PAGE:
, , ,

We’re Right Here


The UK is one of the most centralised advanced democracies – and it’s time that changed. As a nation, we also have one of the most regionally unequal economies in the world: a symptom of our centralised model, not a reason for more top-down decision making. So what can be done about it?

According to a Local Government Association (LGA) survey, nearly 1-in-5 councils believe it is “fairly or very likely” that they will go bust in the next 12 months as funding fails to keep pace with inflationary costs. So, transferring more resources and fiscal powers to local authorities is an obvious and urgent place to start.

Across a whole range of challenges, putting power and resources into the hands of democratically elected local leaders delivers better outcomes and gives communities a greater opportunity to shape the future of their local areas. But don’t take my word for it: this is the conclusion of an inquiry by the All-Party Parliamentary Group (APPG) on Devolution.

But we have to think bigger and transfer some of these powers beyond government. Shifting powers to communities, so that we can shape the places where we live, could deliver even more benefits where they are most needed.

A proposed Community Power Act would do such a thing; if passed by Parliament, the Act would create a new law (or change existing ones) to establish three new rights:

A Community Right to Buy
There are some buildings and spaces in our communities that feel like they ‘belong’ to us. Places we already use, like green spaces, pubs or community centres – as well as those that have potential to be used by the community, such as derelict industrial sites or vacant high street shops. A Community Right to Buy would give us the right to buy those spaces without competition, and the time to raise the funds.

A Community Right to Shape Public Services
Our communities know what services are needed locally. A Community Right to Shape Public Services would give us more say by encouraging stronger collaboration between communities and public institutions on things like housing, education and local business policy. It would enable us to trigger a review of a service and be an equal partner in that process – helping to improve how the service is run.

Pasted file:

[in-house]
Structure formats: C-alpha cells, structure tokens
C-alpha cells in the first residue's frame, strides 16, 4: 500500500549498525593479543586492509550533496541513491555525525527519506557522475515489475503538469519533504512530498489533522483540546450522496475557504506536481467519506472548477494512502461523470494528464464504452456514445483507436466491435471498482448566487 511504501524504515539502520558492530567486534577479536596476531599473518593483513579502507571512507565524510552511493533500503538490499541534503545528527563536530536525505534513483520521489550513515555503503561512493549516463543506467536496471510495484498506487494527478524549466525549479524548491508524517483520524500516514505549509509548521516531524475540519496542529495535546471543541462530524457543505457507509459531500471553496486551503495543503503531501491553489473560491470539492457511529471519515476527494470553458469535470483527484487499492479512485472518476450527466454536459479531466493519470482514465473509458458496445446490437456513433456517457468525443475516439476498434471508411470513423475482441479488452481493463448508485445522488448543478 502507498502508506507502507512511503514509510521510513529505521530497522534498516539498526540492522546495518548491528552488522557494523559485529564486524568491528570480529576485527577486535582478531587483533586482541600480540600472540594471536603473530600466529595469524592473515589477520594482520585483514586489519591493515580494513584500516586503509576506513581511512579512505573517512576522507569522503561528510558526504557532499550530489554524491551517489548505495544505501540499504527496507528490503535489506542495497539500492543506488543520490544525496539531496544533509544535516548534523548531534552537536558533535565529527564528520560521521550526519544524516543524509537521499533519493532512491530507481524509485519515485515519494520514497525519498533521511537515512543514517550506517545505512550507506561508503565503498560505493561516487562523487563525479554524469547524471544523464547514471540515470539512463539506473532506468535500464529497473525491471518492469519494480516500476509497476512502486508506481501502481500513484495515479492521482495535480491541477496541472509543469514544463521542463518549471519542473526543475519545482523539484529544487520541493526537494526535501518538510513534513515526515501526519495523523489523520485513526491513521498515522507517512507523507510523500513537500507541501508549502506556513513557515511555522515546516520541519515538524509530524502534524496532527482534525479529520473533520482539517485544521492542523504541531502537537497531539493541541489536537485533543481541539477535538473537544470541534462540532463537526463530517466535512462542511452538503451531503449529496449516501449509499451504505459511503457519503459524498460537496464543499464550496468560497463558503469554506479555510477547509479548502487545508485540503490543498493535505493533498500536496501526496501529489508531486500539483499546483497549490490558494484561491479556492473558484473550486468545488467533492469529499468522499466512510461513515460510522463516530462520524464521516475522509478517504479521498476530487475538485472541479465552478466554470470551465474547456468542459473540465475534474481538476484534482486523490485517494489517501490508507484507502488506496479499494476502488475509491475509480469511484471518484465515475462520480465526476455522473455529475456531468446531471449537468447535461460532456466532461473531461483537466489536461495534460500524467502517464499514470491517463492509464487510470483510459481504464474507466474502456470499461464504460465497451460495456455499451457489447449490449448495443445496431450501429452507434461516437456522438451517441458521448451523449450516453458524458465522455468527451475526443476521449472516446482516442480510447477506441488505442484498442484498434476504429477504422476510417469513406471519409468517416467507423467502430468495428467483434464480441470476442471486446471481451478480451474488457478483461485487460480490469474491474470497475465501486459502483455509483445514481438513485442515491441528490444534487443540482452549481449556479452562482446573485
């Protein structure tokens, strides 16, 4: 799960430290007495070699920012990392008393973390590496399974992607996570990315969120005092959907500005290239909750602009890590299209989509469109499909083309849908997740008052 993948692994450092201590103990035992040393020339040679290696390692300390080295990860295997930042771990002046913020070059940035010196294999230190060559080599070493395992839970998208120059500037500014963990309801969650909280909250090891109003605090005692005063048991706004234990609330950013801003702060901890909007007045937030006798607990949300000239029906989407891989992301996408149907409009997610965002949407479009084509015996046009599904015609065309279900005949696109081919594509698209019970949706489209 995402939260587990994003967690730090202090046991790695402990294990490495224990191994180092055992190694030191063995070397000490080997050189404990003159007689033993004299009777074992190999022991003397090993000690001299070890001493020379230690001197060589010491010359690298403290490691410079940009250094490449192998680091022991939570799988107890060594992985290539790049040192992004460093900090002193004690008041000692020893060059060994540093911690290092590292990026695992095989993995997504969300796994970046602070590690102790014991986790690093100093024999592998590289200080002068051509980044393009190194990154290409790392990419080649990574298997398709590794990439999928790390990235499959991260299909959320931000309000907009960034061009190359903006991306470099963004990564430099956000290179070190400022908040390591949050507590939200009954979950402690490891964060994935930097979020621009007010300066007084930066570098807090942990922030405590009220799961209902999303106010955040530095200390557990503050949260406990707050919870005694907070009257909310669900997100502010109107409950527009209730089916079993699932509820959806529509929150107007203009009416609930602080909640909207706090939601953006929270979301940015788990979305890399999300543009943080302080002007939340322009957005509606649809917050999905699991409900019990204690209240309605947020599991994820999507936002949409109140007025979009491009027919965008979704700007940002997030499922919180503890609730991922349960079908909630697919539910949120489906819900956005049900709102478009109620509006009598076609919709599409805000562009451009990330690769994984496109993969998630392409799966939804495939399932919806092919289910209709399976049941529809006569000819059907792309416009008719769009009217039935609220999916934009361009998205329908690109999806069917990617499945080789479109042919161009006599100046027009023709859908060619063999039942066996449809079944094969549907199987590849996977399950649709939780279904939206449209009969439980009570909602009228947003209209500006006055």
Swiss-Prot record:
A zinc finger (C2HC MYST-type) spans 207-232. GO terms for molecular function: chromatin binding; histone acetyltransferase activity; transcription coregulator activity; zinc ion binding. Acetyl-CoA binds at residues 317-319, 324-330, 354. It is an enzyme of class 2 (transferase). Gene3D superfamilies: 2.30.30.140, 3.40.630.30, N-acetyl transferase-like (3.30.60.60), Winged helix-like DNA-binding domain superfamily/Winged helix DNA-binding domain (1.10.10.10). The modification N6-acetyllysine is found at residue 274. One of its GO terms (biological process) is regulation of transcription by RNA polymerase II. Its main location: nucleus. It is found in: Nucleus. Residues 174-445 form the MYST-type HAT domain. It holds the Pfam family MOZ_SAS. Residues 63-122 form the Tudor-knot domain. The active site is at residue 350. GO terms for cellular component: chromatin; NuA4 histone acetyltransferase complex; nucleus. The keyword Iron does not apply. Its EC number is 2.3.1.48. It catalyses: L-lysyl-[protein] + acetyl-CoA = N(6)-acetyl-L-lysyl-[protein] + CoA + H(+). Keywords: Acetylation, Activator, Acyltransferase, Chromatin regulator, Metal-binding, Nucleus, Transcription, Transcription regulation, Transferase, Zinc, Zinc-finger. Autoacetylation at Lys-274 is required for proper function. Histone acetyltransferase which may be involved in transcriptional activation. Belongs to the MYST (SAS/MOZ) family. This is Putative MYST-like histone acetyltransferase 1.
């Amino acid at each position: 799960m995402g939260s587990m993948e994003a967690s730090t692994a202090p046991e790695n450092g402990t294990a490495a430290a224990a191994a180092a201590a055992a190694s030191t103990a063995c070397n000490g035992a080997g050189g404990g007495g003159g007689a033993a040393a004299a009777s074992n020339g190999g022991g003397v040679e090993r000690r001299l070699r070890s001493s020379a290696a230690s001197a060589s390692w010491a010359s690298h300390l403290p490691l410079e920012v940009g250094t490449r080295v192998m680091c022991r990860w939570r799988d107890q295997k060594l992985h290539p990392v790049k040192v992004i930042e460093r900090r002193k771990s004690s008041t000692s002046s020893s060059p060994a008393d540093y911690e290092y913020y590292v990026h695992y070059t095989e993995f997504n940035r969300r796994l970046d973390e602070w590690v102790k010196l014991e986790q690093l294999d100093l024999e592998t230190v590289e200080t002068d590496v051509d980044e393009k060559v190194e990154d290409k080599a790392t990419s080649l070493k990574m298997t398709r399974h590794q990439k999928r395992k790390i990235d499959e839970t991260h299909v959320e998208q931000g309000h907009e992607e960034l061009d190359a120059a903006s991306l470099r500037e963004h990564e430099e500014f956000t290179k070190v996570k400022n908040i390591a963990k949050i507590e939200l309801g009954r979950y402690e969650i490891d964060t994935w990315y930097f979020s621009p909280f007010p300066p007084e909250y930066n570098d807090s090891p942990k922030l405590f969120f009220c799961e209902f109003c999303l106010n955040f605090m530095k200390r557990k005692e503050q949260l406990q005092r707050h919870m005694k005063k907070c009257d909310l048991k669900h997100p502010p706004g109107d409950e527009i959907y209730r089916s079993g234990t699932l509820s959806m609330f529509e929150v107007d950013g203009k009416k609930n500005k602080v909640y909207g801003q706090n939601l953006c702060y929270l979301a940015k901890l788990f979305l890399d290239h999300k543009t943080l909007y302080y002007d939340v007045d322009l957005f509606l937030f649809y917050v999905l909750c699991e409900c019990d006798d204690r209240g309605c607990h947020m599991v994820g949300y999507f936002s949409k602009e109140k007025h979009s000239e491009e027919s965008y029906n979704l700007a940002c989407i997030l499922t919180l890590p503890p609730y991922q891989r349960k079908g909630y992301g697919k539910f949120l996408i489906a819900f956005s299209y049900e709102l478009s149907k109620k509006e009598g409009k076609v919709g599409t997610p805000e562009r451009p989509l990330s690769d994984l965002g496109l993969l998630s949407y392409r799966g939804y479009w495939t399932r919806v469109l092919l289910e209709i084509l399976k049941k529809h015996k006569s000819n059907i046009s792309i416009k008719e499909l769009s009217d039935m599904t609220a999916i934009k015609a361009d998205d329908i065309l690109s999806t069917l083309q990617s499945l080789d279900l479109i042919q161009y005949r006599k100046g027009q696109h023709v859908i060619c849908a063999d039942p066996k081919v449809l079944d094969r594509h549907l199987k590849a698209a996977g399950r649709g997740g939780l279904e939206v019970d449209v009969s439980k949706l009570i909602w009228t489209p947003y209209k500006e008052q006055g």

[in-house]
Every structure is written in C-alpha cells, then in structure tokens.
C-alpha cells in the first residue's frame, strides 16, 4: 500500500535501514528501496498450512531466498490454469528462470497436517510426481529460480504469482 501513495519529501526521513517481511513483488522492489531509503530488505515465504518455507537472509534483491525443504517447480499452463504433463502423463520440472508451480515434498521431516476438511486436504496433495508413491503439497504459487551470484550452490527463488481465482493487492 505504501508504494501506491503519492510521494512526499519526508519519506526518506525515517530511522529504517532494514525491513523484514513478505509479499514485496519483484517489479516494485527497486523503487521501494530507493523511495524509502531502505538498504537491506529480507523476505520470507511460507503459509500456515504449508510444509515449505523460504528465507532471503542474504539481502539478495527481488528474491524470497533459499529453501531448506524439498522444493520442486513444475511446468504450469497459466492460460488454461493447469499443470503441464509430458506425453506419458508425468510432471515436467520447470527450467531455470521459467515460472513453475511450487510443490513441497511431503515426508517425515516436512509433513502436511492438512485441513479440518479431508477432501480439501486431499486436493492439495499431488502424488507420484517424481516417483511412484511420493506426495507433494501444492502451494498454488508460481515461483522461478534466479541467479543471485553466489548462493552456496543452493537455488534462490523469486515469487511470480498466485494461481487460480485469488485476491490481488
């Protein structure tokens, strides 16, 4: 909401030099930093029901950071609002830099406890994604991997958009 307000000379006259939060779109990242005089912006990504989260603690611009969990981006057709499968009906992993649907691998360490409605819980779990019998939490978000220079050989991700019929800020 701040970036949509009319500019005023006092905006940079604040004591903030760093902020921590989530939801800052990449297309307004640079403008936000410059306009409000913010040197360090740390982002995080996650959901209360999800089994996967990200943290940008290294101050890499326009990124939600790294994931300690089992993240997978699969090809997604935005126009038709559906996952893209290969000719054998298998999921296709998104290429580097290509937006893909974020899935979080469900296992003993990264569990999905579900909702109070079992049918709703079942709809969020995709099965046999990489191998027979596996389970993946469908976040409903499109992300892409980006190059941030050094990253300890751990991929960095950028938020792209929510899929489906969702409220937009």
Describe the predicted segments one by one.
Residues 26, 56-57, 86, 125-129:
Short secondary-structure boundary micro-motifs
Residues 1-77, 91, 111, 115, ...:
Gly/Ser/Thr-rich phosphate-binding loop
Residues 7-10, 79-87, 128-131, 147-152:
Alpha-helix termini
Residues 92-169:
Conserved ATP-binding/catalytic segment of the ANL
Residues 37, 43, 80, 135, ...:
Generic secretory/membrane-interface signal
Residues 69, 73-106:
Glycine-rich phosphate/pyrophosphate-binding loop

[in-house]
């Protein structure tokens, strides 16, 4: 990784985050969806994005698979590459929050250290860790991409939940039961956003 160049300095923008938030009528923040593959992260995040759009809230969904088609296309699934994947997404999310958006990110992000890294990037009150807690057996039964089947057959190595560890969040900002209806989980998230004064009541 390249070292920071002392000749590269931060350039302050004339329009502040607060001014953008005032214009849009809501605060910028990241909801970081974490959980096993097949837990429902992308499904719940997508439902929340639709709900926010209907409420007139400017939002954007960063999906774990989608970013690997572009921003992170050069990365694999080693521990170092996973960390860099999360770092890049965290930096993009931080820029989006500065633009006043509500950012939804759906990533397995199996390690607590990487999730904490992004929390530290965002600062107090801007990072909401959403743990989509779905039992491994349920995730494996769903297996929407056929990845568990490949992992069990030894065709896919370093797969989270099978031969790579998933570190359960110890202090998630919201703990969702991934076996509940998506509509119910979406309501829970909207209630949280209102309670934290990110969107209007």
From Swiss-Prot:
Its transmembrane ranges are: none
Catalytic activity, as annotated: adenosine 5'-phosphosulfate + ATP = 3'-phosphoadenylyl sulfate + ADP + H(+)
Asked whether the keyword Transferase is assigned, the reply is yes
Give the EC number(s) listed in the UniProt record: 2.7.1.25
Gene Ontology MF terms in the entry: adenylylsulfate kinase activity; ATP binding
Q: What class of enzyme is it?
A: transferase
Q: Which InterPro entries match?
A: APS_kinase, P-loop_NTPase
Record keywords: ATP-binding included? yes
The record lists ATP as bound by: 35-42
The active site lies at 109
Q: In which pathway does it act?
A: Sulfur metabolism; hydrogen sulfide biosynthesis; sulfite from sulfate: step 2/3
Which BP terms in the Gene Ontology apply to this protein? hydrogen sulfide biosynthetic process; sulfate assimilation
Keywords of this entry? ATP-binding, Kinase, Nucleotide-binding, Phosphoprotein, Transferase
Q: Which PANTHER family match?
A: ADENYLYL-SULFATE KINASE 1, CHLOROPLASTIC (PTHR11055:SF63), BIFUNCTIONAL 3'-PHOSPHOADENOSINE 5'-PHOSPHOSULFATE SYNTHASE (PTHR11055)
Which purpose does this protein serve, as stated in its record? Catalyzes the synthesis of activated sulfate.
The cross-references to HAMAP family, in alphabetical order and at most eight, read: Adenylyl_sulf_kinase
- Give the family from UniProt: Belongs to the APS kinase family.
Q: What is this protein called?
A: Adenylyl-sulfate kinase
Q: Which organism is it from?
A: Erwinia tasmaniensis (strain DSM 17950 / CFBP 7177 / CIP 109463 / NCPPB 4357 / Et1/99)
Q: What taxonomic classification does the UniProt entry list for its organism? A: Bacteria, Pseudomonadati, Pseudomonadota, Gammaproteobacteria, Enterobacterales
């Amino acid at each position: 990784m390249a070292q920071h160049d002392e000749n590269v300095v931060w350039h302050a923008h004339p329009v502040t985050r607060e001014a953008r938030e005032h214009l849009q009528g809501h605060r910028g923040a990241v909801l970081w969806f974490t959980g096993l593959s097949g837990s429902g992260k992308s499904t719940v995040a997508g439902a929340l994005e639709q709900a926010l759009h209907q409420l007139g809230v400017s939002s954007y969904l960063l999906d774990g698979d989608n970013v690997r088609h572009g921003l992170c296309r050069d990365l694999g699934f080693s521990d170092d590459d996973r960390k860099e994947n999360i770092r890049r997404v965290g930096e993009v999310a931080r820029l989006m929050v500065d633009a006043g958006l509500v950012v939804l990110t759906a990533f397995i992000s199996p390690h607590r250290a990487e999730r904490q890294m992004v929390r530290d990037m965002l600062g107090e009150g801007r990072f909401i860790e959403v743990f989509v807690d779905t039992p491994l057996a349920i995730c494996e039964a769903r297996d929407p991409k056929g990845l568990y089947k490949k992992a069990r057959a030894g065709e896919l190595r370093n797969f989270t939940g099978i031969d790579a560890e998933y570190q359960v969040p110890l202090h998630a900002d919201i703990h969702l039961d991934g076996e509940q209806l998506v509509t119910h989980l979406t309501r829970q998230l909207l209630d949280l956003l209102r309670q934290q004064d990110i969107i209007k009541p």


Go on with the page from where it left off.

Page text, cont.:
A Community Right to Control Investment
Too often, our communities’ priorities are overlooked when it comes to investing in our areas. A Community Right to Control Investment would give us more control over spending decisions which affect our neighbourhoods, like those related to regeneration and renewable energy. We could request more insight into local spending and participate in shared decision making.

Given the scale of economic and social challenges ahead us in facing up to climate breakdown, Carbon Copy wholeheartedly supports the idea of more empowered, place-based leadership. That’s what big-thinking local action looks like and that’s why we are supporting a campaign for greater community powers.

If you can imagine some of these benefits where you live, please consider supporting the We’re Right Here campaign – particularly in this General Election year. It all boils down to the simple question of who decides. No one knows the place where you live better than you, so why let someone else decide?

Recommended from Carbon Copy

  • Taking The Baton
    Taking The Baton

    Phew! So glad to have participated in a 24km stage of the climate relay from Ben Nevis to Big Ben,…

  • No Time To Waste
    No Time To Waste

    Britain’s biggest climate relay has had a tremendous start and it’s a joy to hear in our Carbon Copy Podcast…